Cancelled Recurring Transaction

This is the most common chargeback reason code in our industry. On average more than 70% of chargebacks received are for this reason. The cardholder claims to have cancelled their recurring billing for which they have continued to be billed.

Resolution tip: provide a copy of a clearly executed contract containing terms and conditions of cancellation that is acknowledged by the cardholder.

 

Fraud

The cardholder claims that a gym or fitness center has billed their account without their authorization.

Resolution tip: provide a copy of a clearly executed contract containing terms and conditions of cancellation that is acknowledged by the cardholder.

 

Credit Not Processed
Closely related to cancelled recurring transaction, the cardholder claims the gym or fitness center has not credited their account for a cancelled recurring charge.

Resolution tip: provide a copy of a clearly executed contract containing terms and conditions of cancellation that is acknowledged by the cardholder and an explanation of why credit it not due.

 

There are many other chargeback types but they are seldom seen in our industry. As frustrating as it may seem, the resolution for many chargeback types is basically the same – provide proof the cardholder accepted your terms and conditions. If your facility has records of a different date of cancellation, it is critical to present this information during the rebuttal process.

As a merchant, you already know that the majority of the cancelled recurring transaction disputes are from Visa cardholders. Visa’s guidelines make it very, very difficult to win such disputes. Visa’s position is that once their cardholder advises you of a cancellation that you must discontinue billing the cardholder regardless of your terms and conditions. The other card brands are better about taking into consideration terms of cancellation.

For additional information from Visa on recurring transactions and chargebacks please visit these sites:

http://usa.visa.com/download/merchants/MerchantBestPractices_RecurringTrans.pdf

http://usa.visa.com/download/merchants/chargeback-management-guidelines-for-visa-merchants.pdf (see page 49)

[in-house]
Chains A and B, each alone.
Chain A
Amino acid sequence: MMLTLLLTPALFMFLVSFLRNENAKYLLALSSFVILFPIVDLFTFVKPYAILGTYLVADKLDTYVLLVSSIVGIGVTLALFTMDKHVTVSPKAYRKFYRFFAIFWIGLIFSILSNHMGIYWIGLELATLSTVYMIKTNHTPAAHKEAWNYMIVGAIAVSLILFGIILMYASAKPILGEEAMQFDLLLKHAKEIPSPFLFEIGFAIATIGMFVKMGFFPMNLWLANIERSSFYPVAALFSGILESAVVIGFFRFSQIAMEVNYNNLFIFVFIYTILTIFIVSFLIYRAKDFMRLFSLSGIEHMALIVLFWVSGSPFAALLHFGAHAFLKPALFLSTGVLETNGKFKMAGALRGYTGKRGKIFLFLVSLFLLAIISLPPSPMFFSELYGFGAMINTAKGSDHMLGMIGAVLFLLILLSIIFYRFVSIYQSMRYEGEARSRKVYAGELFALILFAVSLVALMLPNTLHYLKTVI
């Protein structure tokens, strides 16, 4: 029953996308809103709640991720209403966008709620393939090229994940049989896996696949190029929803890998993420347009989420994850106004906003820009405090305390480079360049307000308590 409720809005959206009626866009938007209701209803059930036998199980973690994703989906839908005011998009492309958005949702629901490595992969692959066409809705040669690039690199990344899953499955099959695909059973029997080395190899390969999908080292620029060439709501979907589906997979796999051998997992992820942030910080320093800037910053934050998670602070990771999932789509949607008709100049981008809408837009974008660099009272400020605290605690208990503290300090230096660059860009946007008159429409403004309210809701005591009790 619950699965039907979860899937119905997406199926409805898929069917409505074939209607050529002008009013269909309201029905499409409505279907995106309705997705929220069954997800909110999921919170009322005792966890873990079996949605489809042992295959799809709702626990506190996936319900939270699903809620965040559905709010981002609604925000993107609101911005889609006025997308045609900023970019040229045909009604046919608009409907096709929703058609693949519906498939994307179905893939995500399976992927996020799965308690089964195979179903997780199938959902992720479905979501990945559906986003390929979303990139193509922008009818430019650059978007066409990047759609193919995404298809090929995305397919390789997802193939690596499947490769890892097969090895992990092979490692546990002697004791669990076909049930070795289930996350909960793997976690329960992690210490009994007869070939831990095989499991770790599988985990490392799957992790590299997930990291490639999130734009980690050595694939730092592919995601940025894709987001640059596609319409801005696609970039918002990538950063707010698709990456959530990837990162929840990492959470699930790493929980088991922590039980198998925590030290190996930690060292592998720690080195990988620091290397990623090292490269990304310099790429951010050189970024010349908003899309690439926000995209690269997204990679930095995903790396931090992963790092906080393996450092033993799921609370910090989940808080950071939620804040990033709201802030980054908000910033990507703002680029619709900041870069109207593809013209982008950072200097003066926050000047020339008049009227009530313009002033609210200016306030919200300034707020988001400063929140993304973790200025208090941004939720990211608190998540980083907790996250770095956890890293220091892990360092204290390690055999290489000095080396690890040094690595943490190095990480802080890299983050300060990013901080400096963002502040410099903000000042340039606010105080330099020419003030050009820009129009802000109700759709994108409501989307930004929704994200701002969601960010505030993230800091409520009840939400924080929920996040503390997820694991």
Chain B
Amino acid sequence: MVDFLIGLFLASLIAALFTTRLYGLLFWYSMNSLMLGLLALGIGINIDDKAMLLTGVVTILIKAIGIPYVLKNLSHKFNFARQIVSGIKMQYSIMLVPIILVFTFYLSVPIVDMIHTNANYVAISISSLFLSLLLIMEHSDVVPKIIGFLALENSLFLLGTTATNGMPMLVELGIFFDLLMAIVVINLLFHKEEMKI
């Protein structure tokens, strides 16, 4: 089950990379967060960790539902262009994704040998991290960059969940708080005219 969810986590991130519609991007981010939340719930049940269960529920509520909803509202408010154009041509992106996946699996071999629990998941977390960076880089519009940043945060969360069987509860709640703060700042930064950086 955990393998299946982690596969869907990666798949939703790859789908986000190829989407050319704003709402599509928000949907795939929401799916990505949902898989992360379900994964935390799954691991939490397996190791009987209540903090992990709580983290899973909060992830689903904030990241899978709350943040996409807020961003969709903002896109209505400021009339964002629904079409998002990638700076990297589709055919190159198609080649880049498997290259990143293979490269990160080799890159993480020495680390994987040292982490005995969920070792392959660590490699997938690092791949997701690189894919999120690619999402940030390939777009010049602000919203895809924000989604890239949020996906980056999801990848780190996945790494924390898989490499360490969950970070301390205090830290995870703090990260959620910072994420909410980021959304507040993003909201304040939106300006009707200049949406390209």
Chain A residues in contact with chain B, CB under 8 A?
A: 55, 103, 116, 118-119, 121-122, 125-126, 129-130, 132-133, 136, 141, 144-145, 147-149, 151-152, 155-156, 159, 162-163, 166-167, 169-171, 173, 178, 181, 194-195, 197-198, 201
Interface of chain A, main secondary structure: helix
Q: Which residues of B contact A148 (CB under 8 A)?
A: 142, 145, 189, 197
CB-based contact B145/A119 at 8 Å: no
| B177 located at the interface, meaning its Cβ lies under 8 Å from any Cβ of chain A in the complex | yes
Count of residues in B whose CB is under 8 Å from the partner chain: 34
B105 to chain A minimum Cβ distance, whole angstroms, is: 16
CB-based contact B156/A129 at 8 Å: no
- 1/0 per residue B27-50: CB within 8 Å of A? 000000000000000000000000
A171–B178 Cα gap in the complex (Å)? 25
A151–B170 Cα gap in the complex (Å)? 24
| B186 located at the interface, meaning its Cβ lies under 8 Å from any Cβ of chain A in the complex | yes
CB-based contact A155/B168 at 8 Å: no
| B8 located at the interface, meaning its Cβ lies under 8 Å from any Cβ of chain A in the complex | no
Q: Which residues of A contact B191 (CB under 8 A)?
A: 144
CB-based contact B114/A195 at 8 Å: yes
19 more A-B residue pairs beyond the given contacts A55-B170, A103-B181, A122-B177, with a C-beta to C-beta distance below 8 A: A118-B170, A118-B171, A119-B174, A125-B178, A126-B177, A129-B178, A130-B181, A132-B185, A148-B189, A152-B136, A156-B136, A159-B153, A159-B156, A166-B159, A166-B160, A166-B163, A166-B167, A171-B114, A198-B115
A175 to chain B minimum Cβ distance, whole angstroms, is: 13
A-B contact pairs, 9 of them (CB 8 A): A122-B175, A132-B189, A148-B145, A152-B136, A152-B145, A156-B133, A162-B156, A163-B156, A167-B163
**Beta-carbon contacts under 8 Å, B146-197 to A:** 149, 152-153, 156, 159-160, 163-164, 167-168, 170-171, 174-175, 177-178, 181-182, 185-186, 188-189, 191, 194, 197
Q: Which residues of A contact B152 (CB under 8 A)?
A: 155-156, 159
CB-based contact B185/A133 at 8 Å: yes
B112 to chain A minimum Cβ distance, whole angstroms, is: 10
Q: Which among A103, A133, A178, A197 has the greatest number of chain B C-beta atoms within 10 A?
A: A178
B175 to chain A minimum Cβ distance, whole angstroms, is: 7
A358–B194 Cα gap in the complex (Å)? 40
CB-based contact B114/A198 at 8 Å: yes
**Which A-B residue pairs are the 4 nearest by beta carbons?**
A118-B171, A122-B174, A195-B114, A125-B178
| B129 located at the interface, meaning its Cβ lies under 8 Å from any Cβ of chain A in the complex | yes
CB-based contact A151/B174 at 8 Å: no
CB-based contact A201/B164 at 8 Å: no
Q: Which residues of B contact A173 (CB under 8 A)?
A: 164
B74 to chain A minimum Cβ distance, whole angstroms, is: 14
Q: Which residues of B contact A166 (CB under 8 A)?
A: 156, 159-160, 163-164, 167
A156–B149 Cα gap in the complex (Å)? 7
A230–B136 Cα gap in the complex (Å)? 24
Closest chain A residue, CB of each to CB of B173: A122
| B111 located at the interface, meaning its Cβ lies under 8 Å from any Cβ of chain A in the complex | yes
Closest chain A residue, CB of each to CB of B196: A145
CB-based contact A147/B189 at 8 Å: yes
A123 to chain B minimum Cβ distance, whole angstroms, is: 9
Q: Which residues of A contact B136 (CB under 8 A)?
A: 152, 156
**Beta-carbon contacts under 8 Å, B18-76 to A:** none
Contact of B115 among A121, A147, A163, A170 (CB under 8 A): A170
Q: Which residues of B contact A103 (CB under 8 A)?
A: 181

Here are a few additional tips:

Continued use of service

In all cases where you have evidence that the cardholder continued to use your services after their claimed cancellation, simply provide emails, usage logs, account notes and any additional information that will assist in defending a dispute.

If you have no record of the members’ cancellation, please mention this during your rebuttal. While your Motionsoft chargeback team will always defend your firm during the rebuttal process, it is important to note that win rates in this situation are rather low.

If you have any questions or need additional information, please don’t hesitate to contact ccdisputes@motionsoft.net or by calling 1-800-323-1005

Best Practices

As your merchant service representative, we are your voice and advocate in the dispute resolution process. A few best practices are highlighted below to support your defense of chargebacks:

  • Ensure your Terms & Conditions (T&Cs) as well as your refund or cancellation policy is clearly stated in your customer contracts.
  • Have your customers initial or sign on the same page as the T&Cs in addition to any other signature areas on your contract.
  • If your facility utilizes e-signature solutions, it is important to communicate this fact during the entire rebuttal process.
  • Validate that the credit card used to charge your customer(s) is in the name of the member or an authorized user.
  • Any time the rates or any terms and conditions change execute a new contract and have it signed by the cardholder.
  • Please do not respond with pictures of contracts since file sizes may make the delivery of these attachments difficult to send. Instead, create pdfs of a contract.
  • Ensure all documentation is legible.
  • Ensure your rebuttal is detailed with dates, times and location information.
  • Respond to the chargeback as quickly as possible. A limited amount of time is available to resolve a chargeback. If you delay, you may miss your opportunity to fight the chargeback.
  • If you issue a refund do so to the card used in the original transaction.
  • If the credit was issued through another processor please supply the 23/24-digit reference number associated with the credit.

If you have any questions or need additional support don’t hesitate to contact your merchant service manager.